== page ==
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Quakerism and Poker

What would happen if Mrs. Bush became a peace-nik while George sent more and more $$ to Halliburton?  Or Mrs. Bill Gates started doing commercials for the Mac?  Well, my husband, who posts here, has become nearly addicted to online poker this spring, while I have become more involved in The Religious Society of Friends, better known as Quakers, finally joining last month.  Let me share why this is ironic.

The Quaker religion, started in England by George Fox in the 1600’s, came to America as part of the wave looking for religious freedom.  Common beliefs of Quakers include that God is in every person, that God is actively available to guide your life, and a commitment to peace and simplicity.

What Quakers don’t do is gamble.  100% honesty in communication between people and in business transactions is the goal for Friends.  In early America, Quaker businesses were known as stores where every person got the same price for goods – no haggling, or charging more to someone who could afford it – famous for the fact that people could even send their kids, who would be sent home bearing correct change.  No lying, no deceit, no trying to get the better of anyone else.

An intrinsic part of poker is deception.  And the whole idea of gambling – lotteries, raffles – is to get something “for nothing.”  A $1 ticket for the chance to win a car or $100 million is thought to be an unfair exchange.

As well, gambling is thought to take focus away from the spiritual life.  Quakers believe that simplicity in life activities, possessions, etc., gives a person time for a spiritual life.

Do you meditate or pray or help the less fortunate for as many hours as you play poker??

Please don’t read that question as judgmental!!  Read it as what Quakers call a query – an invitation to consider an issue.

11 thoughts on “Quakerism and Poker

  1. Do Quaker’s think that all games with hidden information are deceptive?

    Like Clue or rummy for example.

  2. Cowboy asks if Quakers think all games with hidden information are deceptive. I’d answer ‘no’. Also, I don’t think that hidden info is the problematic part, but the being deceptive. Think of charades, to use a non-card game as an example. The goal of charades is to work together with your team to solve something, even thought initially there is hidden info.

    The combo of being deceptive while trying to separate your opponents from their $$ is one of the primary problems.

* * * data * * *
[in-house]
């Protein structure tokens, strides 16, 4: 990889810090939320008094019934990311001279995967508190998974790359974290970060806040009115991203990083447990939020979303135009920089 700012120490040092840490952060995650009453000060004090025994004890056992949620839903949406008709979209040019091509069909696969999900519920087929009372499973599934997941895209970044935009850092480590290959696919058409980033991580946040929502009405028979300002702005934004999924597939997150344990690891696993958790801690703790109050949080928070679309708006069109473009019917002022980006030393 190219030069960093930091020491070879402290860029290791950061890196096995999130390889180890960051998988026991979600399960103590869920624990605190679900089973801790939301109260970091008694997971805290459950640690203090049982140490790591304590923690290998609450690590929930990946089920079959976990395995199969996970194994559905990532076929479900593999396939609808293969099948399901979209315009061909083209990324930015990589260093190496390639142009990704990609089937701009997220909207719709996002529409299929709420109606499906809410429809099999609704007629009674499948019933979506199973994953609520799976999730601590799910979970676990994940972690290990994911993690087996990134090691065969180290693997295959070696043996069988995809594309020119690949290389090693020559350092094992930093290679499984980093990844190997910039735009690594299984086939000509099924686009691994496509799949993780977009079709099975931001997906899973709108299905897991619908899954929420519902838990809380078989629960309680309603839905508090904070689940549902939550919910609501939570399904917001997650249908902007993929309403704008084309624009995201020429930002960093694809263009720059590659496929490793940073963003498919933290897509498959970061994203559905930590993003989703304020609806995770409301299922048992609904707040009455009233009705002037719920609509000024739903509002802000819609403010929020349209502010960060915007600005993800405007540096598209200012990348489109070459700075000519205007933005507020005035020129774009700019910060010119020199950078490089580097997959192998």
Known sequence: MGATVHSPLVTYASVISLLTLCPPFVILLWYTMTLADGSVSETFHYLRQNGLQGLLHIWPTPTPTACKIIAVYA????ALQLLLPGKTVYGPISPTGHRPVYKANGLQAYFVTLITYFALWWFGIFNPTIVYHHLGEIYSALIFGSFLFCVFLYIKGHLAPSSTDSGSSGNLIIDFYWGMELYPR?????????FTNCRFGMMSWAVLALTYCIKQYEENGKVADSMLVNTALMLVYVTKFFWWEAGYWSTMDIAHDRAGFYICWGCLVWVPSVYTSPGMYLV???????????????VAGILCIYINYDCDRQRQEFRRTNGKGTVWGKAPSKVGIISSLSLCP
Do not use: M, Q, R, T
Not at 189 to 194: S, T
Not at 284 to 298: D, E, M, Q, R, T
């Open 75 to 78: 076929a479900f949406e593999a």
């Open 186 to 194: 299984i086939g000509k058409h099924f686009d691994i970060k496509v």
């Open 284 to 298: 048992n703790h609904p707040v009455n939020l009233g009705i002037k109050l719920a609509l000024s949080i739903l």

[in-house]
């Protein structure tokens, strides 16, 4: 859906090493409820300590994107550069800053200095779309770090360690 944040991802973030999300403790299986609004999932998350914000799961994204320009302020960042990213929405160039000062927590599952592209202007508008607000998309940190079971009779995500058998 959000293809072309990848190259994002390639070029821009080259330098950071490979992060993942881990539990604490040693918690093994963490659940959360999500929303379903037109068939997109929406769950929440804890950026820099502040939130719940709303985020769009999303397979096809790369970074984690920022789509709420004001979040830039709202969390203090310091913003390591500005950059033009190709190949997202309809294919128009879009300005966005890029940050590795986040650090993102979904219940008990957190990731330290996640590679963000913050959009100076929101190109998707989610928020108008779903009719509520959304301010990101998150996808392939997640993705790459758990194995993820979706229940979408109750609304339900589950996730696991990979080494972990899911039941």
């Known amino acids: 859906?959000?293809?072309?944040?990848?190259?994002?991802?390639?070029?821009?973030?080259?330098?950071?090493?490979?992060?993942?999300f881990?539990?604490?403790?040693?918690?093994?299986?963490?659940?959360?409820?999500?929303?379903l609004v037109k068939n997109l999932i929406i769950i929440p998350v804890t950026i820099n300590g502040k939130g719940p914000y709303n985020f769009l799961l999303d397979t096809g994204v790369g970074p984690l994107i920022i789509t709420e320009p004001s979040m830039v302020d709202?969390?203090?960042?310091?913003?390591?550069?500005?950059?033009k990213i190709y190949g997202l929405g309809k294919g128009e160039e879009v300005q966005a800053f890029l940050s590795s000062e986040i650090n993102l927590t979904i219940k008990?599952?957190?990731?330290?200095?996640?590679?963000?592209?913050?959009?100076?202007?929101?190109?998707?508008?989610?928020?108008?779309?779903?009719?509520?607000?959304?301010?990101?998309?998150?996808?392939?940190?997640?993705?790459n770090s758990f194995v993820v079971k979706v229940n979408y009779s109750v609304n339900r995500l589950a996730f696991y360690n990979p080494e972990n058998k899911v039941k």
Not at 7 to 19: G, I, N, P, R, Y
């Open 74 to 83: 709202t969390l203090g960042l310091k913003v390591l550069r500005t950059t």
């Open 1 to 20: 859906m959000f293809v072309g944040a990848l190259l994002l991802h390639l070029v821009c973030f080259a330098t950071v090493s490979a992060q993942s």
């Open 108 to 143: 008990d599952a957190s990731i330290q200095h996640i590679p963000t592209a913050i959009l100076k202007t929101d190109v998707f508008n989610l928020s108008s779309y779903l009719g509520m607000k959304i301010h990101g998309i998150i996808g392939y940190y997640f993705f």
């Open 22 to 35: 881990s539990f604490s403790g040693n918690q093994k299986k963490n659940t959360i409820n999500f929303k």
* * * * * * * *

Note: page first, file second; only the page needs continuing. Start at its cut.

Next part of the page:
3. I don’t think deception is the problem either. In basketball and football, players fake going one way before going the other. These are not morally problematic actions.

    I think the second to last paragraph makes an important statement phrased as a question. Poker is a diversion. It’s not unlike chess or crossword puzzles or some other game of intellect. There’s nothing wrong with that but it must be balanced with the rest of your life. Given the addictive nature of the game, that is not always easy and explains the religious prohibitions placed upon it and other gambling.

  4. I like the example QuietStorm gives above – you fake, or deceive, in basketball, and that’s not a moral problem. Perhaps it’s gambling, specifically for money, that raises the problem, (even if you don’t become addicted.)

    Would you play online poker for free??

  5. Would you play online poker for free??

    I would not.

    I still suspect that addictiveness explains the aversion to poker by the Quakers and some other religions.

  6. I’m not convinced that addictiveness is the whole issue here. Lots of things can become addictive.

    Even Aristotle’s moral philosophy took note of how most things can be done in excess, and that excess can become habituated.

    I’d argue that my father watching sports every evening and becoming grumpy if he misses a game is a sign of addictiveness. I’d also be willing to bet that sports addiction is just as pervasive as poker addiction.

    But watching sports is a passive activity whereas playing poker is an active activity. Playing poker might habituate an individual into certain deceptive mindsets that could carry over into real life.

    So the real question right now surrounds the main moral dispute with Poker;

    1. Addictiveness
    2. Deceptiveness
    3. Wagering commodities
    4. Some emergent combination

    My bet is that moral concern is primarily rooted in simple, commmon sense empirical observation: certain activites result in higher than normal destructive behaviors in their participants, for whatever reason.

  7. Check out the “Pssst….Wanna Buy Some Poker Chips???” post to see if YOU’RE heading down the addiction path…

  8. I’m a quaker, have been for years, and have no problem with poker. Everyone playing poker knows that deception is either part of the game, or all of the game depending on how you’re looking at it. Nobody’s being deceived here, it’s just part of the game.

  9. Dave, thanks for commenting as another Quaker. What is your view about the issue of gambling, as Quakers see it?

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